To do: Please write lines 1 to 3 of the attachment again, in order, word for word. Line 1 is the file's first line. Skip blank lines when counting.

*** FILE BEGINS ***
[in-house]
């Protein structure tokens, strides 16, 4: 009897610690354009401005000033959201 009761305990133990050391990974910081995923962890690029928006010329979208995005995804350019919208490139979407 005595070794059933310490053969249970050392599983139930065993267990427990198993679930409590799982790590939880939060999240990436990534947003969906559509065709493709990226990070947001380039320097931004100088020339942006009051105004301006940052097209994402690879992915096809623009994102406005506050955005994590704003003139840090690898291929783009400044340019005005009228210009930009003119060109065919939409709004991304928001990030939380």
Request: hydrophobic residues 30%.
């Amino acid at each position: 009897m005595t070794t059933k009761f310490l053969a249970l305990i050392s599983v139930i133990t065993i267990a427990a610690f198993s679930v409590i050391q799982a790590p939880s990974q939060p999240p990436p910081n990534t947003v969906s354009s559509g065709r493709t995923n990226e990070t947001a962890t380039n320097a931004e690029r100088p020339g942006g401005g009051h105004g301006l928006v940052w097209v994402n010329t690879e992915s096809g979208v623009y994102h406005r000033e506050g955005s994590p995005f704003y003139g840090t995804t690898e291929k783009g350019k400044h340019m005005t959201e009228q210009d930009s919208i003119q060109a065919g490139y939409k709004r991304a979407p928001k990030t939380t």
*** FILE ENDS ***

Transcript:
[in-house]
């Protein structure tokens, strides 16, 4: 009897610690354009401005000033959201 009761305990133990050391990974910081995923962890690029928006010329979208995005995804350019919208490139979407 005595070794059933310490053969249970050392599983139930065993267990427990198993679930409590799982790590939880939060999240990436990534947003969906559509065709493709990226990070947001380039320097931004100088020339942006009051105004301006940052097209994402690879992915096809623009994102406005506050955005994590704003003139840090690898291929783009400044340019005005009228210009930009003119060109065919939409709004991304928001990030939380």
Request: hydrophobic residues 30%.